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Downton, Flash, Citation - The Mad Schemes of Dr. Tectonic [entries|archive|friends|userinfo]
Beemer

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Downton, Flash, Citation [Apr. 5th, 2012|10:48 pm]
Beemer
We are nearly done with S1 of Downton Abbey, and it is continuing to be delicious. One of the things I am really enjoying is how much of what goes on is things not actually happening -- there are all these implications and missed opportunities and things not said that are all tremendously important and quite clearly almost there, but in the end... they're absences, rather than happenings. And it's fascinating to me how effectively the cast and the direction communicate all of this just with looks and camera angles and suchlike. Maggie Smith is uh-MAZ-ing. And oh my GOD when things DO happen, it's either something I would never have predicted or vicious vicious witticisms. Wow.

I have completely forgotten what prompted me to put Flash Gordon in the queue, but Netflix sent it anyway, so we watched it. It was better than I remembered/expected. The visuals -- sets, costumes, cinematography -- are actually quite good. An excellent spectacle. I think the movie suffers mostly from having a weak leading man who can't figure out what to do with the part. The dialogue is... not great (especially before they leave Earth), but everyone else sort of dives in and goes for it, and that works. Flash stays sort of distanced from the fundamental weirdness, and that doesn't. Plus it's got Brian Blessed as Prince Vultan, which has got to have been a role that was written for him specifically, it's so perfect. His mouth opens really wide. It's kinda scary. ...annnnnd now I'm thinking of him as Fizzgig from The Dark Crystal. Thanks, brain.

Also, I just found out that the main paper for our project at work now has 59 citations. I'm 5th author on it. Nice!
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[User Picture]From: zalena
2012-04-06 11:31 am (UTC)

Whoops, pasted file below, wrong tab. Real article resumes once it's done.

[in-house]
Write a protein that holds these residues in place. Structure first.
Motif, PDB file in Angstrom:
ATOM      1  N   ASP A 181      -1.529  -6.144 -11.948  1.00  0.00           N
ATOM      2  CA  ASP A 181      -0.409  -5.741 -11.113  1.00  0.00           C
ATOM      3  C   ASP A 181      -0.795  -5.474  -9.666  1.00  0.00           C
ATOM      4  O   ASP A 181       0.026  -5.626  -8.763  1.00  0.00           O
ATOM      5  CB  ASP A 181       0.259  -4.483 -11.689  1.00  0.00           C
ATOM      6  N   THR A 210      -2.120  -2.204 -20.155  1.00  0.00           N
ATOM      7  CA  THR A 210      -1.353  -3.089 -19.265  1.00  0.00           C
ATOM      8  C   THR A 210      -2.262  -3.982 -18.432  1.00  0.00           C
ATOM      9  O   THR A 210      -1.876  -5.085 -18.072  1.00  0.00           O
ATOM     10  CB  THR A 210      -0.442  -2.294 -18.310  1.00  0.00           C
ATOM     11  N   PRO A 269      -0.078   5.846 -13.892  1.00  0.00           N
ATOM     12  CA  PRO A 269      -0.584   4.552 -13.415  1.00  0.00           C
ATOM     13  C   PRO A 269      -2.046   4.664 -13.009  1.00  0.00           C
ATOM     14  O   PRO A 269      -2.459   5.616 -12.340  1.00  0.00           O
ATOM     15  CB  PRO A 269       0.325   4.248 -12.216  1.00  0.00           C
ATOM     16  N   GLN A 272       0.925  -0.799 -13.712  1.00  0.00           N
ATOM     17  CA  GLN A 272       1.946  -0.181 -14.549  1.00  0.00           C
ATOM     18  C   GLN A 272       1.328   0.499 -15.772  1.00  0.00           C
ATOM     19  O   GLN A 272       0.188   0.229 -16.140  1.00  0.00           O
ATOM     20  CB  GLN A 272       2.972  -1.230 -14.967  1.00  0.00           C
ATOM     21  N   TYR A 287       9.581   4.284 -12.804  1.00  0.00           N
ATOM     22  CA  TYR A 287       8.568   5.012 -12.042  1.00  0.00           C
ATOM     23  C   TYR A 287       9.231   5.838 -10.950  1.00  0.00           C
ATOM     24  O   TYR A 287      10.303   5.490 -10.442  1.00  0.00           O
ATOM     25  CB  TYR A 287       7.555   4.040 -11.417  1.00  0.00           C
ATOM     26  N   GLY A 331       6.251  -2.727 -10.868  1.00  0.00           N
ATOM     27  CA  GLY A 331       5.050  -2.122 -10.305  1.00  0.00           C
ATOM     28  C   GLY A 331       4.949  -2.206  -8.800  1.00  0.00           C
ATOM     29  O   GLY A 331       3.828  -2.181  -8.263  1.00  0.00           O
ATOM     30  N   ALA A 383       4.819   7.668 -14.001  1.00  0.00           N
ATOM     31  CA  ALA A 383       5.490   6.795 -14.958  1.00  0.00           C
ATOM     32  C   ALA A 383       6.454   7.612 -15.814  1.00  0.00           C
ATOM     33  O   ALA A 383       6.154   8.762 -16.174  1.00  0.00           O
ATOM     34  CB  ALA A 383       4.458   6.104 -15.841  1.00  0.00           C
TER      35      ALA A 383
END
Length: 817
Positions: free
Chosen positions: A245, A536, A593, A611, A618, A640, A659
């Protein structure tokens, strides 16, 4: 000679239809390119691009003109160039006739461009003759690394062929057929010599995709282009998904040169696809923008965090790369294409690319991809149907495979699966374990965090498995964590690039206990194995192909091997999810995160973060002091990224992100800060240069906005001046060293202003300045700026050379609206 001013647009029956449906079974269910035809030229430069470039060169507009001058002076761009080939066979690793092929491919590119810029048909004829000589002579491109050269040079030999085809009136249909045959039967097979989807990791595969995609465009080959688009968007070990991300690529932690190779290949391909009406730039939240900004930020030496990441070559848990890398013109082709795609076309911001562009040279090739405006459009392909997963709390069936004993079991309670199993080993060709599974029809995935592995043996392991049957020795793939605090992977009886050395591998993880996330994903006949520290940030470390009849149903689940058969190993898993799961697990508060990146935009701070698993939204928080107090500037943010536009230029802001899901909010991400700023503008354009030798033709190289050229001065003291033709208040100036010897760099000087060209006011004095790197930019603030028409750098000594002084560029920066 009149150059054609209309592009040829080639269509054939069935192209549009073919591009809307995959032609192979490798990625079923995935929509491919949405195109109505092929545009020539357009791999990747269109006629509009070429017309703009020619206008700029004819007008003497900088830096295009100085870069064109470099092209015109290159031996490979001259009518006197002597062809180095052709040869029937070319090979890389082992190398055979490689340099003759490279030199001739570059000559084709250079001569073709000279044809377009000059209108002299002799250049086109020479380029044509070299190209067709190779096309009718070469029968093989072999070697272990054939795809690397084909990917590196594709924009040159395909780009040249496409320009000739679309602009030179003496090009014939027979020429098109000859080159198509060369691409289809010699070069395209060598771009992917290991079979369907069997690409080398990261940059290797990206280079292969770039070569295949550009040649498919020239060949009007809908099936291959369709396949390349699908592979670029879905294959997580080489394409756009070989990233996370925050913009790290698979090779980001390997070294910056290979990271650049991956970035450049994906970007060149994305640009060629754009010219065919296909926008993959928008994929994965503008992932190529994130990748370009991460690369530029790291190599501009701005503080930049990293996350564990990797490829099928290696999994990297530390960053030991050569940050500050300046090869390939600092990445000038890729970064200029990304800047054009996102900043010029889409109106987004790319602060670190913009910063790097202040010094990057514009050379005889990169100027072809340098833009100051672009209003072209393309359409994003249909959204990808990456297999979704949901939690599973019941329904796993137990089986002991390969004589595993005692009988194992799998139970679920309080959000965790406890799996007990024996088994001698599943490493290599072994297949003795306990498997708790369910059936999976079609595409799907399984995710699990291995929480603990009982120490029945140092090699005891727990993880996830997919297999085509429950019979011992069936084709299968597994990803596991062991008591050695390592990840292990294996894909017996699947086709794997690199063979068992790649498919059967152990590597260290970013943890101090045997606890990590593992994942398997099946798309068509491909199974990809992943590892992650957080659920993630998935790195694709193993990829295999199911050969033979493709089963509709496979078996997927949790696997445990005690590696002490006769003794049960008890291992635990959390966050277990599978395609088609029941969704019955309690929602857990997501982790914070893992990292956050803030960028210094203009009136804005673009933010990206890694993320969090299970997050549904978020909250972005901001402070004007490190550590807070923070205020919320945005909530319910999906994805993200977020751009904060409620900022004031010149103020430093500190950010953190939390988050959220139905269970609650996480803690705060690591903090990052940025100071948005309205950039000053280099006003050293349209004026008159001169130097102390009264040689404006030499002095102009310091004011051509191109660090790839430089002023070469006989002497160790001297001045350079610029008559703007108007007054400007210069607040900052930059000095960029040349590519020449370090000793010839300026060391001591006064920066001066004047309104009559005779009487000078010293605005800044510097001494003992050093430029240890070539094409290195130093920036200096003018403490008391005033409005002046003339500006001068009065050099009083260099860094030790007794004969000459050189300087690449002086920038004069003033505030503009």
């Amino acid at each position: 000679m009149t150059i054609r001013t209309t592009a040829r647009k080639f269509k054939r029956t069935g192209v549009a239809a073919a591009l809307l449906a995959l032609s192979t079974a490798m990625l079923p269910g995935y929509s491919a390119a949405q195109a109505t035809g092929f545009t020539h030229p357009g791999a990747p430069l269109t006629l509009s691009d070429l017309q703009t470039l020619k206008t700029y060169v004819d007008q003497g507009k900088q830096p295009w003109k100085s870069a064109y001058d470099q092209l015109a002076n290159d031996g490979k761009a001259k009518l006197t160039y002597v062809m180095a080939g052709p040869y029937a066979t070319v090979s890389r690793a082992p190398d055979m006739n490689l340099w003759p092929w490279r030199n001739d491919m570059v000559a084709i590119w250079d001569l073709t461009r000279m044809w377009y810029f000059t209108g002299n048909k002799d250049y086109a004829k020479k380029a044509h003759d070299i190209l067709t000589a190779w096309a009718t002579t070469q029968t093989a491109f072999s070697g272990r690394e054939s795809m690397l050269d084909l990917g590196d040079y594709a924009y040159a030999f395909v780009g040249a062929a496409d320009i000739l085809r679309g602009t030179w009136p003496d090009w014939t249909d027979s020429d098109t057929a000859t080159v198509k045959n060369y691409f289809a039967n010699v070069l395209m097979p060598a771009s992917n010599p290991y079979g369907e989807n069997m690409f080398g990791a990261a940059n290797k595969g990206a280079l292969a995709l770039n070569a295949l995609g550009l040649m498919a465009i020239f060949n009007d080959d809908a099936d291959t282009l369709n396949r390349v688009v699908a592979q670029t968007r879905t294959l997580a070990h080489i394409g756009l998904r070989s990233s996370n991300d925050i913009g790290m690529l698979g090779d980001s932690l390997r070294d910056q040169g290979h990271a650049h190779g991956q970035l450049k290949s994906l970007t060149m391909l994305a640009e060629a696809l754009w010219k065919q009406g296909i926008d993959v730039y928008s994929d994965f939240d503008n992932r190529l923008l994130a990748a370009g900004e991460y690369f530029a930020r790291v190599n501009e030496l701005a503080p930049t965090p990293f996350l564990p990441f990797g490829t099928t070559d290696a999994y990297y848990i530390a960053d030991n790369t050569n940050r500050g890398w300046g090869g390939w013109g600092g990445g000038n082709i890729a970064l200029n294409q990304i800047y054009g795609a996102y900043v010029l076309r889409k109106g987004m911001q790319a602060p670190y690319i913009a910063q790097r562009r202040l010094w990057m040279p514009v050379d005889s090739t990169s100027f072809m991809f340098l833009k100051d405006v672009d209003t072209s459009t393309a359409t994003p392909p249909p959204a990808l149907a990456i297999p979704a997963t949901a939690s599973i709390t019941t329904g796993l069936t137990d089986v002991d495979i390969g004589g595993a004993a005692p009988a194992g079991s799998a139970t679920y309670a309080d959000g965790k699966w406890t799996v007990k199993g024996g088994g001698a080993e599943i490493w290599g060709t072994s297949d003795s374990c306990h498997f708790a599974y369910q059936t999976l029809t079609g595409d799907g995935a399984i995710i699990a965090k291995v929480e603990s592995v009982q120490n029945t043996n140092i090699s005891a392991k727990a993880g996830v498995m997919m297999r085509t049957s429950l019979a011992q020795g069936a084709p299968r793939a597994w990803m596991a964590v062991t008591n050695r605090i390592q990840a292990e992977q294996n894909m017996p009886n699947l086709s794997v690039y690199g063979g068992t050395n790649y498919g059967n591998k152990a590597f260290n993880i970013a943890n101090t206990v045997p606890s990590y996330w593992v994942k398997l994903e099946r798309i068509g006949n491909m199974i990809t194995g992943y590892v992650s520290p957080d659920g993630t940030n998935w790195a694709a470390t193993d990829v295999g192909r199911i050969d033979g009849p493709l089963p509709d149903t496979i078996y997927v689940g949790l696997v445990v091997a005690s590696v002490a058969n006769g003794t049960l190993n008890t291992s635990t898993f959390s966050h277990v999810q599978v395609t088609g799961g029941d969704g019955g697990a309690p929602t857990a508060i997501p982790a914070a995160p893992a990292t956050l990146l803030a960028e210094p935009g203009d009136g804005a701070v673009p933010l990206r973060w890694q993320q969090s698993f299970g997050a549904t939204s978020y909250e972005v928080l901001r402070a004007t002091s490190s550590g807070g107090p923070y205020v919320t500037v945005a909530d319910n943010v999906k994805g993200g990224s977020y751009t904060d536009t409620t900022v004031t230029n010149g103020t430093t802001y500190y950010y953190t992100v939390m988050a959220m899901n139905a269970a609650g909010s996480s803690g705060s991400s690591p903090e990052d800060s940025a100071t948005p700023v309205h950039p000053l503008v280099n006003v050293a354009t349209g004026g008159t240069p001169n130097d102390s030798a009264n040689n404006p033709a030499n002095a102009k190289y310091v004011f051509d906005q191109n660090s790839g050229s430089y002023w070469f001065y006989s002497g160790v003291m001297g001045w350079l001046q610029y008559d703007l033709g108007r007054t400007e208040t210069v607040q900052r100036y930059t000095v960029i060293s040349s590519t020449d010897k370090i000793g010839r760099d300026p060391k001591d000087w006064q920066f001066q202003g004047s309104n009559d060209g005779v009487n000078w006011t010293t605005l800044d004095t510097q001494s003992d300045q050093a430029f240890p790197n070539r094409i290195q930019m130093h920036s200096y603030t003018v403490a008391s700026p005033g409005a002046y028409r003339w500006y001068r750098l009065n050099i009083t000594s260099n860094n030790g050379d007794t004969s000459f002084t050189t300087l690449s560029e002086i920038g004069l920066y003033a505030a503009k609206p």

I enjoyed Downton, but I don't know if it was the best thing ever on Masterpiece Theatre. It felt more like Masterpiece Lite, all the things you love about great adaptations of classic literature, half the calories! (And no actual book!) Of course, if you asked me what The Best Thing Ever was, I probably wouldn't be able to answer. I'm awfully fond of North & South. (The Elizabeth Gaskell one, not Patrick Swayze, though that one is also fun.)

But the reason I'm writing is because I remember we once had a conversation about writing romance. And I told you that one of the things that's really sexy is the extension of tension. Which is to say it's the part where stuff doesn't happen that makes things really hot. Do you remember this conversation? I think I expressed myself better then than now... but the whole reason I'm bringing it up is That's What I'm Talking About. The stuff not happening in Downton. That's what good romantic (heck suspenseful) writing feels like. Grok? It doesn't even have to be romance, it just has to be this kind of nuance, so that stuff not happening becomes very important.

This not-happening is frequently in Jane Austen, which is why people love her. But when I was into Westerns I realized it had a similar kind of nuance. As I joked once I finally got the nuance and the 'hand' that is always being played in these films, "It's like Jane Austen for men!"
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[User Picture]From: dr_tectonic
2012-04-06 05:02 pm (UTC)
I've also heard Downton described as a "trussed-up Edwardian telenovela", so yeah, it's not exactly canonical Masterpiece.

I totally remember that conversation, and Downton is an excellent example. In fact, last night had a really fantastic scene that was all about one character not being able to say "I love you" because it wouldn't be right... and they couldn't even say *why* it wasn't right, which made it doubly extended tension and yeah, it leans on the "OMG I WANT THEM TO GET TOGETHER SO BAD" button like nobody's business. Hearts a-flutter!
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[User Picture]From: srotu27
2012-04-09 04:46 pm (UTC)
Mom and I are also enjoying S1 Downton for the first time, and I agree with you and zalena that it's all about the subtext. In fact, I'll have to go back and watch it again, because I have a terrible habit of not really watching TV--- I listen to it while I do something else, and if I happen to be in the right place to do so, I'll look up when something noteworthy sounds like it's happening. It doesn't work great with Downton, because there's so much going unsaid.
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